Saturday, March 17, 2007

Facts About Antibiotic Resistance

With recent news about "super bugs," you may wonder if antibiotics are still effective, and whether they will work for you when you need them. You're not alone-there is a lot of confusion about antibiotics-what they do and don't treat, and why they sometimes stop working. It is important to know that antibiotics are effective only if they are prescribed and taken correctly.

Two main types of germs cause most infections-viruses and bacteria. Antibiotics are a type of medicine that can kill or stop the growth of bacteria and help cure the infections they cause. Some people think that antibiotics can be used to treat viral infections, such as a cold or the flu. However, it is very important that you not take an antibiotic for a cold or the flu-doing so can contribute to what experts call "antibiotic resistance." To help you understand when you need to take antibiotics and how you should use them, here are answers to some of the most commonly asked questions about antibiotics and resistance.

Q. What is antibiotic resistance?

A. Antibiotic resistance is the ability of bacteria to resist the effects of an antibiotic. When this occurs, medications used to treat infections caused by bacteria become less effective or not effective at all. When antibiotics are used incorrectly, such as when they are taken when not needed, bacteria can develop new ways to fight the medicine, and they become resistant to antibiotic medications. This can lead to more visits to the doctor, more medication, higher medical bills or even a visit to the hospital.

Q. Do currently available antibiotics still work?

A. Yes. There are still many effective antibiotics available. The best antibiotic is the one that kills the bacteria and stops the infection the first time. Antibiotics are most effective when taken as prescribed by your doctor.

Q. Can an antibiotic be used to treat the cold or the flu?

A. No. Antibiotics only treat illnesses caused by bacteria. Colds and the flu are caused by viruses. Taking antibiotics when you have a virus may cause more harm than good. Your doctor can determine whether your infection is caused by a virus or bacteria.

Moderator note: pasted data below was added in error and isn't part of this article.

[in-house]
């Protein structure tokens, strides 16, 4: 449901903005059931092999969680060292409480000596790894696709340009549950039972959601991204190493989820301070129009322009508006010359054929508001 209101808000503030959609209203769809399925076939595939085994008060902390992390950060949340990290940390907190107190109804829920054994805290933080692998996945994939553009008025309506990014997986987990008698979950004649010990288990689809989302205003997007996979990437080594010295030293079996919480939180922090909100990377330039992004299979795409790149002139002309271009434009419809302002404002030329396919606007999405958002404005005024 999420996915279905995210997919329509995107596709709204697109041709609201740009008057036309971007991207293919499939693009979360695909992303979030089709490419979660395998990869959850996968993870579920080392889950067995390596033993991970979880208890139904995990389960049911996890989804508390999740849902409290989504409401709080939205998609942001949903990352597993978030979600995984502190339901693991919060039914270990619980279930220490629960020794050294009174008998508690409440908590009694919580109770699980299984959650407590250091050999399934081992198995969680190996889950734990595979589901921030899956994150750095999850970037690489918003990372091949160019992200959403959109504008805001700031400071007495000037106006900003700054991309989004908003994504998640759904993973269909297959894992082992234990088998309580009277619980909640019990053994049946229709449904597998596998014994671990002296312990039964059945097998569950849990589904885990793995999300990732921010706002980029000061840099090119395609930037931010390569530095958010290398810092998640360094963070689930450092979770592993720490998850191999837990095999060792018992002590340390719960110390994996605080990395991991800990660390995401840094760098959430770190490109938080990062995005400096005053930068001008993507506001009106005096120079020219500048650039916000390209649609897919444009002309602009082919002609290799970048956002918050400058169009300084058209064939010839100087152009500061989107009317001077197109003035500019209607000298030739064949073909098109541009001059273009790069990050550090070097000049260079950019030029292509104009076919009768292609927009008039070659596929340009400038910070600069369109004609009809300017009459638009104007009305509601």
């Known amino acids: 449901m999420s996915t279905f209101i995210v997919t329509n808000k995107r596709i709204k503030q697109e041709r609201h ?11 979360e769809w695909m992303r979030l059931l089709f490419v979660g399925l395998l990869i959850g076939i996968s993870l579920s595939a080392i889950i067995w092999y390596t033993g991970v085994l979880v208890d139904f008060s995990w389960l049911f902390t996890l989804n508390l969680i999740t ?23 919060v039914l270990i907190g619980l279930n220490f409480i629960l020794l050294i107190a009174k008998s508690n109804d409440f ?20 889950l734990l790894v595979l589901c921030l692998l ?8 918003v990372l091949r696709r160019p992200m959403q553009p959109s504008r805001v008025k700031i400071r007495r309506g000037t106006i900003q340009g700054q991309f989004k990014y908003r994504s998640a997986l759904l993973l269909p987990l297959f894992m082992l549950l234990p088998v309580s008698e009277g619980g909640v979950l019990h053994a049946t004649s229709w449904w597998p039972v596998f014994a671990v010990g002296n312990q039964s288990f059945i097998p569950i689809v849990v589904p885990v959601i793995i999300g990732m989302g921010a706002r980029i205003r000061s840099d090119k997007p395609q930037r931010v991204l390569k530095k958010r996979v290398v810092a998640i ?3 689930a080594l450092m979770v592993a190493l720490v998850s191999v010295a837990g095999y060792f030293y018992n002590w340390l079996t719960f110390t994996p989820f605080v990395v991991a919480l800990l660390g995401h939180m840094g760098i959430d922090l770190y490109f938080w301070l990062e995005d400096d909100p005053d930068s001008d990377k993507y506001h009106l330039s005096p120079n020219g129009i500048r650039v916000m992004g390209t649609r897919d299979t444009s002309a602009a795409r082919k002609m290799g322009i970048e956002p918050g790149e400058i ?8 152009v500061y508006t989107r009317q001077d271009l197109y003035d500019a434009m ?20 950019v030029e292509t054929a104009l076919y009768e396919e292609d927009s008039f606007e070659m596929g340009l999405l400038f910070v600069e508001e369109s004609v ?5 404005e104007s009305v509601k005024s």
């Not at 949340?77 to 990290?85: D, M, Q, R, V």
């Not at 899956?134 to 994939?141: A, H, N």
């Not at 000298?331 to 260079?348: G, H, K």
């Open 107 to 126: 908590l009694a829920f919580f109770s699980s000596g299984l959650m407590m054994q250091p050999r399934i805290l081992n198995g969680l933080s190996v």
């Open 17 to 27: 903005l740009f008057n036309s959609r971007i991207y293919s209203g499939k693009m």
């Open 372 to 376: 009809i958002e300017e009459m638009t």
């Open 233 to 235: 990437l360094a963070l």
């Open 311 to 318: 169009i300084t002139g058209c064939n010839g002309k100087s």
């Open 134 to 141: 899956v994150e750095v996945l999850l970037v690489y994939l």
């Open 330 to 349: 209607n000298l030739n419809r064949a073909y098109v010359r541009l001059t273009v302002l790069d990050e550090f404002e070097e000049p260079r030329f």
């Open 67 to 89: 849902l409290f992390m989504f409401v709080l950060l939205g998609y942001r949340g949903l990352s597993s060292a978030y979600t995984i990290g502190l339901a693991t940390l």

Q. I was prescribed an antibiotic the last time I was sick, so is it safe to assume that I should probably take an antibiotic again?

A. No. Often, people become confused about whether they should treat the sniffles, a cough and aches with just rest and fluids, or with an antibiotic. Doctors report that many patients see them to request antibiotics even though antibiotics might not be appropriate. Your doctor will decide if an antibiotic is appropriate for you. DO NOT take leftover antibiotics or an antibiotic that was prescribed for someone else. Taking antibiotics when not needed may increase your risk of getting an infection that resists antibiotic treatment.

Q. If I feel better, can I stop taking my antibiotic?

A. No. Take your antibiotic exactly as prescribed-and that means finishing the entire course, even if you feel better. Stopping treatment too soon, even if you feel better, also contributes to resistance because the bacteria may be left to grow and multiply. Taking the complete course helps to make the medication effective, allowing it to kill the bacteria causing the infection and reduce the risk of resistance. If you feel worse or experience a side effect while taking an antibiotic, please consult your doctor.

Remember, antibiotics are strong medications that can stop infections and save lives. Talk to your doctor about whether or not you need an antibiotic and how to use it correctly.